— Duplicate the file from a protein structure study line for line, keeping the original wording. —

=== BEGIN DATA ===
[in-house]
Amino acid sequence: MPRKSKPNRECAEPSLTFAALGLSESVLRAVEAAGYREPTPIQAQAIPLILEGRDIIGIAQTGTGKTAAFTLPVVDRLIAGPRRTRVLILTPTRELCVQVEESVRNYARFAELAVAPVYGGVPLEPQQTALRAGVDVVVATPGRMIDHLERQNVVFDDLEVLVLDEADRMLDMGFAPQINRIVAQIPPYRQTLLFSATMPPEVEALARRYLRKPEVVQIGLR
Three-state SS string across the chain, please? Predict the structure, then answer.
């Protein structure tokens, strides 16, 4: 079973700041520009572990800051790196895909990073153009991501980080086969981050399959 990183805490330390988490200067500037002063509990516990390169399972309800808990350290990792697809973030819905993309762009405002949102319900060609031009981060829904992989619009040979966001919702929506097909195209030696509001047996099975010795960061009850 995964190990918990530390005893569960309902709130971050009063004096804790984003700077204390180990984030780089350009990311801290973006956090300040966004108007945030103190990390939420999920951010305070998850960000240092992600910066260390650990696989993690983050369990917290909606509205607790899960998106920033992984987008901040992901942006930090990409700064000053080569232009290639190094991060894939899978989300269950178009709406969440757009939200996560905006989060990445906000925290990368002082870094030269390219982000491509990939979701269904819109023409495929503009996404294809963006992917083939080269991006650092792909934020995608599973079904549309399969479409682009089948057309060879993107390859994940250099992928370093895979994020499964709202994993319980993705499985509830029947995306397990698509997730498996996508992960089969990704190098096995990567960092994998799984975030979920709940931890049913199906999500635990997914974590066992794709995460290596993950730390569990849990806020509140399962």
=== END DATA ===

[in-house]
Amino acid sequence: MPRKSKPNRECAEPSLTFAALGLSESVLRAVEAAGYREPTPIQAQAIPLILEGRDIIGIAQTGTGKTAAFTLPVVDRLIAGPRRTRVLILTPTRELCVQVEESVRNYARFAELAVAPVYGGVPLEPQQTALRAGVDVVVATPGRMIDHLERQNVVFDDLEVLVLDEADRMLDMGFAPQINRIVAQIPPYRQTLLFSATMPPEVEALARRYLRKPEVVQIGLR
Three-state SS string across the chain, please? Predict the structure, then answer.
């Protein structure tokens, strides 16, 4: 079973700041520009572990800051790196895909990073153009991501980080086969981050399959 990183805490330390988490200067500037002063509990516990390169399972309800808990350290990792697809973030819905993309762009405002949102319900060609031009981060829904992989619009040979966001919702929506097909195209030696509001047996099975010795960061009850 995964190990918990530390005893569960309902709130971050009063004096804790984003700077204390180990984030780089350009990311801290973006956090300040966004108007945030103190990390939420999920951010305070998850960000240092992600910066260390650990696989993690983050369990917290909606509205607790899960998106920033992984987008901040992901942006930090990409700064000053080569232009290639190094991060894939899978989300269950178009709406969440757009939200996560905006989060990445906000925290990368002082870094030269390219982000491509990939979701269904819109023409495929503009996404294809963006992917083939080269991006650092792909934020995608599973079904549309399969479409682009089948057309060879993107390859994940250099992928370093895979994020499964709202994993319980993705499985509830029947995306397990698509997730498996996508992960089969990704190098096995990567960092994998799984975030979920709940931890049913199906999500635990997914974590066992794709995460290596993950730390569990849990806020509140399962």